These MSSP and professional services relationships will become increasingly important for all companies in 2020, as they look for novel ways to stretch their workforce (and their budgets) to cover an ever-broader array of responsibilities.
Automating the Boring Stuff
Is automation the saving grace of the understaffed cybersecurity industry? Probably not. But will it help? Certainly.
We’ve seen major advances in recent years in the ability of cybersecurity software to “intelligently” automate routine tasks associated with a variety of daily tasks and responsibilities. In 2020 and beyond, we expect these features to move to the forefront – no longer a cutting-edge feature, but a standard component of most software packages. The burden on humans to monitor systems to perform block-and-tackle threat analysis, monitoring, and reporting will continue to diminish thanks to automation. A recent Gartner report suggested that, at the start of 2020, nearly 70% of SOCs will have adopted automated tasks in the security vulnerability and configuration scanning for open-source and commercial packages, up from 10% in 2016. Automation of these repetitive tasks will free up the human workforce to focus on higher-value tasks.
New technologies, like robotic process automation (RPA), advances in SIEM and SOAR solutions, built-in automation within enterprise-class tools (ERP, IAM, etc.), and speculative solutions like robotic decision automation (RDA), will become the norm, rather than the exception. While they won’t solve the workforce shortage, they will help companies do more with less.
Inclusivity and Diversity
The cybersecurity industry has a long way to go to achieve anything close to an inclusive or diverse workforce. In the latest data available, only 11% of the global cybersecurity workforce are women. In North America, which has the greatest concentration of women working in the industry, that number rises only to 14%. In even the most optimistic projections, the percentage creeps up only to 20%.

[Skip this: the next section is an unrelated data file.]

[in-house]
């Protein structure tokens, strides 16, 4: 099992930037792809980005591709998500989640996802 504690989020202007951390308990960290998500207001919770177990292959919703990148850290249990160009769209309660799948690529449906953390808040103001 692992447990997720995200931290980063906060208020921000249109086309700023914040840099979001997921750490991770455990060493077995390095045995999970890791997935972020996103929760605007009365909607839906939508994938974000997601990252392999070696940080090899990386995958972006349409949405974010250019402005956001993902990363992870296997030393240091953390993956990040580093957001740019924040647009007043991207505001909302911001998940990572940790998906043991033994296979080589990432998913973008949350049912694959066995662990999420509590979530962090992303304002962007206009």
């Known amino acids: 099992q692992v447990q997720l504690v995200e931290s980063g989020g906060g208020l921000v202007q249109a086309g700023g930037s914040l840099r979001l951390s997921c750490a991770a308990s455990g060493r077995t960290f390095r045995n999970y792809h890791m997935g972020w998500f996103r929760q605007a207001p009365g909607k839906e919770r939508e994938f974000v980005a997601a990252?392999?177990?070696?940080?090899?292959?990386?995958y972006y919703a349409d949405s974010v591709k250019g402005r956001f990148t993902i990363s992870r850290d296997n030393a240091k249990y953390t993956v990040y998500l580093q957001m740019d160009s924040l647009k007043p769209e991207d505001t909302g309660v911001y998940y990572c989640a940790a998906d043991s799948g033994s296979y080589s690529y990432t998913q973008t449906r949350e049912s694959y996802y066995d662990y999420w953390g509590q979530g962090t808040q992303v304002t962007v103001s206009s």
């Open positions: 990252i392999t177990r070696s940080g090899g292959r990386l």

Minority representation in cybersecurity stands at 26%. While that is slightly higher than the overall minority workforce in the U.S. (21%), recent reports from (ISC)2 have found that these employees are vastly underrepresented in the managerial ranks. Minorities, particularly minority women, are also likely to experience significant pay discrepancies compared to their non-minority peers.
While the U.S. cybersecurity industry is trending toward a more inclusive workforce, we expect (and encourage) companies to prioritize a more diverse hiring process, one that includes hiring for non-traditional educational and professional backgrounds, recruiting from diverse colleges and universities, and supporting events, conferences, and organizations aiming to foster opportunities for diverse employees in the industry.
The business imperative for a diverse cybersecurity workforce is clear. Not only is it critical for closing the workforce shortage, diverse teams just plain perform better. Research shows that diverse teams are more fact-oriented, more innovative, and are better problem solvers – all critical factors for successful cybersecurity teams.
The common threads throughout these trends are the need for a change in approach and for greater investments in cybersecurity. Traditional hiring models, team structures, and job qualifications cannot support the growth needed to sustain the security programs of most organizations. Without deeper investments in cyber training, skills development, and career pathing, cybersecurity leaders struggle to keep their team staffed and equipped for battle. The good news is that these aren’t problems without solutions. New workforce models have been proposed, new tools are helping to reduce the labor-intensive tasks burdening teams, and many business leaders have a better understanding of the need to invest in cybersecurity.
Focal Point specializes in helping organizations design workforce development programs that build skills, improve retention, increase diversity, and create a sustainable cybersecurity program.